end;

function AsSingle(e: Extended): Single;
begin
  Result := e;
end;

procedure Go;
begin
  MyDump := @Dump;

  MyDump('iii', 10, 20, 30);
  MyDump('sss', 'foo', 'bar', 'baz');

  // Looks like Delphi passes Extended in byte-aligned
  // stack offset, very strange; thus this doesn't work.
  MyDump('e', 2.0);
  // These two are more reliable.
  MyDump('d', AsDouble(2));
  // Singles passed as 8-byte floats.
  MyDump('d', AsSingle(2));
end;

begin
  Go;
end.
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1  
This looks great! I was surprised to see there's indeed no need to use assembly for getting to the ESP register contents. Thanks for this - great example too! –  PatrickvL Nov 21 '08 at 7:58
    
Note that the code needs adaptation if it is to work on x64 - the Align function in particular truncates pointers to 32-bit values. –  Barry Kelly May 20 at 12:37

I found this (from a guy we know :))

To write this stuff properly you'll need to use BASM, Delphi's built in assembler, and code the call sequence in asm. Hopefully you've got a good idea of what you need to do. Perhaps a post in the .basm group will help if you get stuck.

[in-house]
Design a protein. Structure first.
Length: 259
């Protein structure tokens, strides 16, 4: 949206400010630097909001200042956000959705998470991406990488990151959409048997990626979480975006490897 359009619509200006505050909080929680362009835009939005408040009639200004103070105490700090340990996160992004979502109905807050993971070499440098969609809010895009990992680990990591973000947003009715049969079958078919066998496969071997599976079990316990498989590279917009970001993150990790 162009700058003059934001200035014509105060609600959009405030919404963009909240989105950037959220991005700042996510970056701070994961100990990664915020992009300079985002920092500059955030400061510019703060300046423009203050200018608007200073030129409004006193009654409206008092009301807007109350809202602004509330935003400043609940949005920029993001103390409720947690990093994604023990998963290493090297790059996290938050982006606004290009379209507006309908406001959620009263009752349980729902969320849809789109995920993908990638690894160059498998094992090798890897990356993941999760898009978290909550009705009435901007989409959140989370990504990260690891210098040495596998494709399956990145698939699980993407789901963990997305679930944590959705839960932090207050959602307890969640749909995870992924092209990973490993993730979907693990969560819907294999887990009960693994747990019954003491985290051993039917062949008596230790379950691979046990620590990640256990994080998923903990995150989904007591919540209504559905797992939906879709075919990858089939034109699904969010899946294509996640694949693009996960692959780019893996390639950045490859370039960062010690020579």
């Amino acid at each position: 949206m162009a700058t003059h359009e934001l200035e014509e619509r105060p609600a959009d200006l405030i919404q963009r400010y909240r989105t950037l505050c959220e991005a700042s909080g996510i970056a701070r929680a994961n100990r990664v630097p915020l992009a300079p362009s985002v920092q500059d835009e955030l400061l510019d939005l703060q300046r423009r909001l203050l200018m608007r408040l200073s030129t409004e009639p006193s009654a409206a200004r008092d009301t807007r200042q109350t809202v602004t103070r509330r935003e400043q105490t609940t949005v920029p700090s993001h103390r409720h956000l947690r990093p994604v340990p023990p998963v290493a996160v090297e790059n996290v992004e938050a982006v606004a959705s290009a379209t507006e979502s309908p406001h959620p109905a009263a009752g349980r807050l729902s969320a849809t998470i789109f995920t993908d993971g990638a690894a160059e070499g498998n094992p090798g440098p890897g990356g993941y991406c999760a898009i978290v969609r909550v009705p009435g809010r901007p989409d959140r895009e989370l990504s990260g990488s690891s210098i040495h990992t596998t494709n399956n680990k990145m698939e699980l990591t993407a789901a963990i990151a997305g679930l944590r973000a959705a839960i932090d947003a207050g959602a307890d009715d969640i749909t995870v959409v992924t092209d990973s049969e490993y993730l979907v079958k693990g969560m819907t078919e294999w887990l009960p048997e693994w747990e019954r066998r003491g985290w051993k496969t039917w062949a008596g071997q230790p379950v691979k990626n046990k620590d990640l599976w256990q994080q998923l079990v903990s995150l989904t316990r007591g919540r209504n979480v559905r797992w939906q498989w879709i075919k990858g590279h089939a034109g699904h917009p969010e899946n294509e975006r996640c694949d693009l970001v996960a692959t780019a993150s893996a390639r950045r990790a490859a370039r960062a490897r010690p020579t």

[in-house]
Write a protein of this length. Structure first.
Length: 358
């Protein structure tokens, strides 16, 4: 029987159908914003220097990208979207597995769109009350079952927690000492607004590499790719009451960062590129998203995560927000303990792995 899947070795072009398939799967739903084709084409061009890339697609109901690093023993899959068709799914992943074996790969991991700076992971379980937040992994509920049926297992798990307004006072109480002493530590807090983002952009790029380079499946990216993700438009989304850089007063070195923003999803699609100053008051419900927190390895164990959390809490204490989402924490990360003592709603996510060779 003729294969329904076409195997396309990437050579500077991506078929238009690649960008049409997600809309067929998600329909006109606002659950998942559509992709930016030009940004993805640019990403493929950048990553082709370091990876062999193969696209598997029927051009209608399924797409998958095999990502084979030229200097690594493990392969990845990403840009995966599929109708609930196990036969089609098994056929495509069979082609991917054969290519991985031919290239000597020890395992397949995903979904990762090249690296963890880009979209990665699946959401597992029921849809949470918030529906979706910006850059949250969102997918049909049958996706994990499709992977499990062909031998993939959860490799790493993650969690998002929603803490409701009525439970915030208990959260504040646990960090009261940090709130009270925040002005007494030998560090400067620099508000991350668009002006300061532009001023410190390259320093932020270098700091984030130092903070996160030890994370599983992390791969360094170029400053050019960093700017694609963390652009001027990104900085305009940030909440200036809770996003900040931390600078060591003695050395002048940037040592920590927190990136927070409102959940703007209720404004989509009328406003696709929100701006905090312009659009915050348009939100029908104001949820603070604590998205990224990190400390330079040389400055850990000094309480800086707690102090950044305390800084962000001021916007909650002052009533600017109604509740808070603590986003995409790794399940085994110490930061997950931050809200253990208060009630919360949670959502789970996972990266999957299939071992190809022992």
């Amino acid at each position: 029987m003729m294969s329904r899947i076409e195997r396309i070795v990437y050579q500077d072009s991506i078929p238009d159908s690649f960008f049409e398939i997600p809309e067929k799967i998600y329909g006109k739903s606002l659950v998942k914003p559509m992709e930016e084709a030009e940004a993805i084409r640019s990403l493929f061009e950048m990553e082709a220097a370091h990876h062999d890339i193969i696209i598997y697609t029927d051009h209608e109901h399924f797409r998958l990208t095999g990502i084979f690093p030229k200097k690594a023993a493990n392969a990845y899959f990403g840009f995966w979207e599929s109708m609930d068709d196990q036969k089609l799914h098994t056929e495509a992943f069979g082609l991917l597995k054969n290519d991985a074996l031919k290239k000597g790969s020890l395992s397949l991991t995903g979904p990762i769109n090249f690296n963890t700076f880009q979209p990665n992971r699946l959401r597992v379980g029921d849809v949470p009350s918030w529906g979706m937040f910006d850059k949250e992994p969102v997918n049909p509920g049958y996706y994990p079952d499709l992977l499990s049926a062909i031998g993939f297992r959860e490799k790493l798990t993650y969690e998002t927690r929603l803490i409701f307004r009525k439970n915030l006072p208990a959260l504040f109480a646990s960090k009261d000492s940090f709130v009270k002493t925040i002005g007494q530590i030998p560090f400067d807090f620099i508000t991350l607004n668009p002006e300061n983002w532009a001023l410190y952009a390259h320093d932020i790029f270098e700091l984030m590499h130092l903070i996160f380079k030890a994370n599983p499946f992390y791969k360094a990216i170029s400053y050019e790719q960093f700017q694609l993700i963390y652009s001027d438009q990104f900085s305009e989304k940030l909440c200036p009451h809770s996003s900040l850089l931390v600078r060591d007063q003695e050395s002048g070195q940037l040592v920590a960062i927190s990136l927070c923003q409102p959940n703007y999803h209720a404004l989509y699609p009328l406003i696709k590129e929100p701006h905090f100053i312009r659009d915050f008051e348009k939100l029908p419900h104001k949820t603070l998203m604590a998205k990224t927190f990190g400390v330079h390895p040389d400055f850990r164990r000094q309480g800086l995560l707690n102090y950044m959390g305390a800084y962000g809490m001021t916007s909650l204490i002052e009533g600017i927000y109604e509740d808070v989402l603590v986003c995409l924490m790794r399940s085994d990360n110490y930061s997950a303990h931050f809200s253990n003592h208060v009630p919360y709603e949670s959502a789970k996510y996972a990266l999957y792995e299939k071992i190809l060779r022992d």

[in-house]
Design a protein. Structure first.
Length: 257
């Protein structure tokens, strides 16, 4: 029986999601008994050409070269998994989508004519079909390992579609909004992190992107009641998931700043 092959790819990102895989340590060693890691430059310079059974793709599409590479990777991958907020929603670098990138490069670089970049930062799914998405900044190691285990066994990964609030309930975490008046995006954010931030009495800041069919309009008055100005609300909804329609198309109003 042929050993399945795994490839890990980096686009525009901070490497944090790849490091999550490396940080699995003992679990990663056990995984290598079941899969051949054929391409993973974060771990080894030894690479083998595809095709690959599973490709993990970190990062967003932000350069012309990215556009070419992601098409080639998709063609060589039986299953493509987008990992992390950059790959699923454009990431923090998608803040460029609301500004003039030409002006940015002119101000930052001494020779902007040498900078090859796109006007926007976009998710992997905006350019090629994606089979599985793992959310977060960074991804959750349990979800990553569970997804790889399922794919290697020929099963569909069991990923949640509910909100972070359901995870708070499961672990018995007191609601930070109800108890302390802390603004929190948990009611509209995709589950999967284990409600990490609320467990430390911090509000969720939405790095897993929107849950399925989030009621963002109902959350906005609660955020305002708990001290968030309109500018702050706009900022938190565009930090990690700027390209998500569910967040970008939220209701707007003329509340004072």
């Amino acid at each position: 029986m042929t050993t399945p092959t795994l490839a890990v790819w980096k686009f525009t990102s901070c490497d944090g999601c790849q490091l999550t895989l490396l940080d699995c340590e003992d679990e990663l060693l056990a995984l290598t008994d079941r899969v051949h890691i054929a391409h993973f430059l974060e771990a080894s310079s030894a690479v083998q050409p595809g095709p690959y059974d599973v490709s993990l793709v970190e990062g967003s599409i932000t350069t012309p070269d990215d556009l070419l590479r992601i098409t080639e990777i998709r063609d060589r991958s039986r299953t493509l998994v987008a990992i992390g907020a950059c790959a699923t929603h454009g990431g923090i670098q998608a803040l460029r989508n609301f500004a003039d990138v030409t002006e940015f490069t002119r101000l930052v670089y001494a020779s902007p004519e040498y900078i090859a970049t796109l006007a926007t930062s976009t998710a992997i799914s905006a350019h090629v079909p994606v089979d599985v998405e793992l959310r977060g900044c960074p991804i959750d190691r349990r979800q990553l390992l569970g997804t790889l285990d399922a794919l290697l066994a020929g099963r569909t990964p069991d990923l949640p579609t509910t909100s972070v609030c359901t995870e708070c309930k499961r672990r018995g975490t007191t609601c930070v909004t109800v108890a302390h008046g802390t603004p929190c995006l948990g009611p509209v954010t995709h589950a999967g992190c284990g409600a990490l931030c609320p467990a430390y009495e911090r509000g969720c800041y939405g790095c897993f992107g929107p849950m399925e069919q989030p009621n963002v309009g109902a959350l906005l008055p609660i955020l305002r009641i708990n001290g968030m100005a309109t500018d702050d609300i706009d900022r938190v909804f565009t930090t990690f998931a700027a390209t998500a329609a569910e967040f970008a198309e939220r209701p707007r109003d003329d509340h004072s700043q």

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Delphi doesn't let you implement a varargs routine. It only works for importing external cdecl functions that use this.

Since varargs is based on the cdecl calling convention, you basically need to reimplement it yourself in Delphi, using assembly and/or various kinds of pointer manipulation.

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No, the list of arguments is only zero-terminated if the caller passes zero as the last argument. The page you cite says so. The printf function doesn't need to have a zero to terminate the list because it can figure out how many arguments there are based on the format string. –  Rob Kennedy Nov 18 '08 at 15:14
    
Right then, my mistake. I'll edit accordingly. –  Michael Madsen Nov 18 '08 at 21:03